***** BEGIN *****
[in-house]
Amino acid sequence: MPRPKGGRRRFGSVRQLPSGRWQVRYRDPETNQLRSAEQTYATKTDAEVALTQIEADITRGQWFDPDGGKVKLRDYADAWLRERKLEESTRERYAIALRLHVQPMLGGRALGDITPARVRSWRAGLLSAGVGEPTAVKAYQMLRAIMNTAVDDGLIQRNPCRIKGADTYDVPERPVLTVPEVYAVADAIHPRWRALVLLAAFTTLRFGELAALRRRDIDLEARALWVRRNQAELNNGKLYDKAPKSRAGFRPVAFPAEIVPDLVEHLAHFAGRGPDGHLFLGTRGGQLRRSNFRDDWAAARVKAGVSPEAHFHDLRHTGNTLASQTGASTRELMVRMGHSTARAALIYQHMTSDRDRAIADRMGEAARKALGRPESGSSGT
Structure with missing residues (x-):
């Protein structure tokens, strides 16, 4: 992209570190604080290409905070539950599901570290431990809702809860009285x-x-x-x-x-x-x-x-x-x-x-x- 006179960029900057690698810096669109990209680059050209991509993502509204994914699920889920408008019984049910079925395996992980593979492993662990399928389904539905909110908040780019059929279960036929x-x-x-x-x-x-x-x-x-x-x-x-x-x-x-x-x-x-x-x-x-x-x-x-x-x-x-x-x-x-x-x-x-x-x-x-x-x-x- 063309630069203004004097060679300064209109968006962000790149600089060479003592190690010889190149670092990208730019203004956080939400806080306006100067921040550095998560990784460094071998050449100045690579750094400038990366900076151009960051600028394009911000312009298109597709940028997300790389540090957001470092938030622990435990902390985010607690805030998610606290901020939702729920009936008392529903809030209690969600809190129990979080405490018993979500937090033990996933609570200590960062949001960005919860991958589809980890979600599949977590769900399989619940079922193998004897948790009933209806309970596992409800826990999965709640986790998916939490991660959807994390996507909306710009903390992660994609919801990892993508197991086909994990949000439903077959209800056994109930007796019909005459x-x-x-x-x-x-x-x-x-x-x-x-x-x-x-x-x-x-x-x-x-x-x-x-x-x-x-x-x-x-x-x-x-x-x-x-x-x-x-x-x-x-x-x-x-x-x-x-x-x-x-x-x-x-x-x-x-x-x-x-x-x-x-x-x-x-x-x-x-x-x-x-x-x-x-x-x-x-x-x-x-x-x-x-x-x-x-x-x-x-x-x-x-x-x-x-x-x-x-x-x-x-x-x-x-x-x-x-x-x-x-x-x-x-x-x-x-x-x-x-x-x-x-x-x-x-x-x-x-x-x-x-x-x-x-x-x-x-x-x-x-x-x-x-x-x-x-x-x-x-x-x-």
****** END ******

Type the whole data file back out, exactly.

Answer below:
[in-house]
Amino acid sequence: MPRPKGGRRRFGSVRQLPSGRWQVRYRDPETNQLRSAEQTYATKTDAEVALTQIEADITRGQWFDPDGGKVKLRDYADAWLRERKLEESTRERYAIALRLHVQPMLGGRALGDITPARVRSWRAGLLSAGVGEPTAVKAYQMLRAIMNTAVDDGLIQRNPCRIKGADTYDVPERPVLTVPEVYAVADAIHPRWRALVLLAAFTTLRFGELAALRRRDIDLEARALWVRRNQAELNNGKLYDKAPKSRAGFRPVAFPAEIVPDLVEHLAHFAGRGPDGHLFLGTRGGQLRRSNFRDDWAAARVKAGVSPEAHFHDLRHTGNTLASQTGASTRELMVRMGHSTARAALIYQHMTSDRDRAIADRMGEAARKALGRPESGSSGT
Structure with missing residues (x-):
């Protein structure tokens, strides 16, 4: 992209570190604080290409905070539950599901570290431990809702809860009285x-x-x-x-x-x-x-x-x-x-x-x- 006179960029900057690698810096669109990209680059050209991509993502509204994914699920889920408008019984049910079925395996992980593979492993662990399928389904539905909110908040780019059929279960036929x-x-x-x-x-x-x-x-x-x-x-x-x-x-x-x-x-x-x-x-x-x-x-x-x-x-x-x-x-x-x-x-x-x-x-x-x-x-x- 063309630069203004004097060679300064209109968006962000790149600089060479003592190690010889190149670092990208730019203004956080939400806080306006100067921040550095998560990784460094071998050449100045690579750094400038990366900076151009960051600028394009911000312009298109597709940028997300790389540090957001470092938030622990435990902390985010607690805030998610606290901020939702729920009936008392529903809030209690969600809190129990979080405490018993979500937090033990996933609570200590960062949001960005919860991958589809980890979600599949977590769900399989619940079922193998004897948790009933209806309970596992409800826990999965709640986790998916939490991660959807994390996507909306710009903390992660994609919801990892993508197991086909994990949000439903077959209800056994109930007796019909005459x-x-x-x-x-x-x-x-x-x-x-x-x-x-x-x-x-x-x-x-x-x-x-x-x-x-x-x-x-x-x-x-x-x-x-x-x-x-x-x-x-x-x-x-x-x-x-x-x-x-x-x-x-x-x-x-x-x-x-x-x-x-x-x-x-x-x-x-x-x-x-x-x-x-x-x-x-x-x-x-x-x-x-x-x-x-x-x-x-x-x-x-x-x-x-x-x-x-x-x-x-x-x-x-x-x-x-x-x-x-x-x-x-x-x-x-x-x-x-x-x-x-x-x-x-x-x-x-x-x-x-x-x-x-x-x-x-x-x-x-x-x-x-x-x-x-x-x-x-x-x-x-």